What was your high-school musical? I remember but one: “Bye Bye Birdie,” starring the band director’s blonde son in the title role. (His blonde daughter was some sort of super-majorette called the “Golden Girl.” A band parent’s exacta.)
Anyway, I wasn’t in “Bye Bye Birdie.” I wasn’t in the crew. I was even more pathetic than that — I hung out with some people who were on the crew, and came to practice mainly for the shenanigans we pulled in the trouper deck, surely the best hiding place, and shenanigans venue, in the school. (My second-favorite place was only available if the janitor liked you — the room under the swimming pool with the window that looked into the deep end, about five feet down. I spent a rapturous free period there, watching my classmates adjust their suits after diving, their faces distorted by held breath, bubbles trailing from their noses.)
Anyway, I never saw the final version of the play; the trouper deck on show night was a serious place. But I can still sing most of “Telephone Hour” and “Kids.” Which I suppose, for a trouper-deck troublemaker, that counts as a fairly successful theater experience.
How long ago that was. Which is why I recommend “The Supersizing of the School Play,” from Sunday’s NYT, reporting…anyone? Yes, the welcome news that high-school theater is the latest once-simple-and-wholesome educational activity to get steroidal and utterly screwed up. The story is datelined New Albany, Ind., which shouldn’t surprise anyone; Indiana is on the leading edge of the Supersizing of the Marching Band Show — follow that link for vintage NN — and it figures it would be on this trend, too. Hoosier parents think of high-school theater as a wholesome activity that will keep their kids off drugs and out of gangs (and it will, if they stay out of the trouper deck). What’s a $165,000 budget for the fall musical when such lofty aims are at stake?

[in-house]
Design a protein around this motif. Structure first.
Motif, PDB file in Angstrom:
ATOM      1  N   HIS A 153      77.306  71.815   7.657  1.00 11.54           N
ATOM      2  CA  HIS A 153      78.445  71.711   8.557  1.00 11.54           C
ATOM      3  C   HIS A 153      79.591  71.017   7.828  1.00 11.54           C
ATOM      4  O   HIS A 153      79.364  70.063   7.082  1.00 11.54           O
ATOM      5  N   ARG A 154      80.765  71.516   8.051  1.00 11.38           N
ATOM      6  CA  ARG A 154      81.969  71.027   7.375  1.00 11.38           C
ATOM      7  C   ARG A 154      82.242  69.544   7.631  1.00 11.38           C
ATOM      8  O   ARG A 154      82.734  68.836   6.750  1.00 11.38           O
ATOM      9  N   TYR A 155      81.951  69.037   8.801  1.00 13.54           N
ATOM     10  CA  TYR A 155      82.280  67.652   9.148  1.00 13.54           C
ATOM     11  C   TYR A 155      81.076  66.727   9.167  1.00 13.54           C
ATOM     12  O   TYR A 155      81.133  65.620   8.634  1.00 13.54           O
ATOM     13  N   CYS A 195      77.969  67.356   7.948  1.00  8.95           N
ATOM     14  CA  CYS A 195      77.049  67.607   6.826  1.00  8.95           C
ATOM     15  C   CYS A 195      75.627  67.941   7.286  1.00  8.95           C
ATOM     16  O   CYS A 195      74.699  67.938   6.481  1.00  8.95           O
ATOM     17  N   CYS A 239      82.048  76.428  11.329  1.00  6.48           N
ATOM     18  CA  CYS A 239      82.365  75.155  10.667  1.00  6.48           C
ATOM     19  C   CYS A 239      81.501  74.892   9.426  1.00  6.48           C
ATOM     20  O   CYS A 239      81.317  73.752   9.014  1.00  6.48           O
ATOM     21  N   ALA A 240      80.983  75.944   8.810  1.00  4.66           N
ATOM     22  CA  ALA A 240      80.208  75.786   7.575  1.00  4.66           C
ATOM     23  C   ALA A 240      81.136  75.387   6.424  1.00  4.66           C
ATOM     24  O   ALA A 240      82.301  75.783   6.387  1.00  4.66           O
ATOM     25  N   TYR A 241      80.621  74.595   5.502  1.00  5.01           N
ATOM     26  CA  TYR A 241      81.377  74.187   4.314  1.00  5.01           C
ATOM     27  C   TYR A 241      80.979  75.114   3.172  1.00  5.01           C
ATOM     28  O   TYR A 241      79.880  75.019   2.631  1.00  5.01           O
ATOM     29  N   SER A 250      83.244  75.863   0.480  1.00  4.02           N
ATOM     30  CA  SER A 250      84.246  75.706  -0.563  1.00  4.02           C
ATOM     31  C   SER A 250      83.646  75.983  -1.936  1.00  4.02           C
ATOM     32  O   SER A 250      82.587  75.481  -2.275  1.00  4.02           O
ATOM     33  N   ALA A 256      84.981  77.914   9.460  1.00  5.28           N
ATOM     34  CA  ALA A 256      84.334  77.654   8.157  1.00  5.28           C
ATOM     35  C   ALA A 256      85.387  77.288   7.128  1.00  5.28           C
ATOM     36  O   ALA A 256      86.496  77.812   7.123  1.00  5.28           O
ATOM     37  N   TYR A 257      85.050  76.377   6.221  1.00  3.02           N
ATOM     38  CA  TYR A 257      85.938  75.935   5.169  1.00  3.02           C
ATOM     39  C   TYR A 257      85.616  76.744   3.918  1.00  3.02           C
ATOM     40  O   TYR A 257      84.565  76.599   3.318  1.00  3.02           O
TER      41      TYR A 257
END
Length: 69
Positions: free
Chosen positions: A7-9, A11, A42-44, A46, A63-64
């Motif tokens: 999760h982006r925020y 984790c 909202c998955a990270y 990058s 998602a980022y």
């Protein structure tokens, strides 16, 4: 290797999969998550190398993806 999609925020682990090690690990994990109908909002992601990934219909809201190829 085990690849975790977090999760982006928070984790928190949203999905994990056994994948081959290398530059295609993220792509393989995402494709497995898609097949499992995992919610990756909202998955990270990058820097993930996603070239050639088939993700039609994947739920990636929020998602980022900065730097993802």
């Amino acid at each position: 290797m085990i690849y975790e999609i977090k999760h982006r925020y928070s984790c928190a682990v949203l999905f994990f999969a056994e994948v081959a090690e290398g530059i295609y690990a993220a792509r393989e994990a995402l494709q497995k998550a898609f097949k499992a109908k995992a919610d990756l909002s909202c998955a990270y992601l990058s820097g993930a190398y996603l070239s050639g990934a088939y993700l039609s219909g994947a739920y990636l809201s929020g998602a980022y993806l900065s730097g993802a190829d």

When did it stop being enough to put a kid in his dad’s old vest and have him sing “Sue Me” in a Noo Yawk accent? Probably sometime before puberty. Today, even grade school students (and their schools) are being cultivated with “junior” versions of Broadway shows from M.T.I. and the “Getting to Know You” series from R&H. (Yes, fourth graders can now do a 70-minute “King and I,” albeit without the deep kissing.) By the time they return from high school drama club trips to New York, they want to perform the sophisticated roles, and replicate the increasingly dazzling effects, they enjoyed as audience members. …Bit by bit, a world formerly known for wooden renditions of “Our Town” in the cafetorium has become something strangely more like professional theater in its elaborateness, ambition and choice of material. And the most challenging musicals are now among the most coveted; some high schools do “Sweeney Todd.” Some do “Evita.” The holy grail for the elite programs, at least until “Cats” is released to them in 2006, is the humongous “Les Mis�rables.”
Oh, great. A high-school production of “Cats.” A new definition of hell.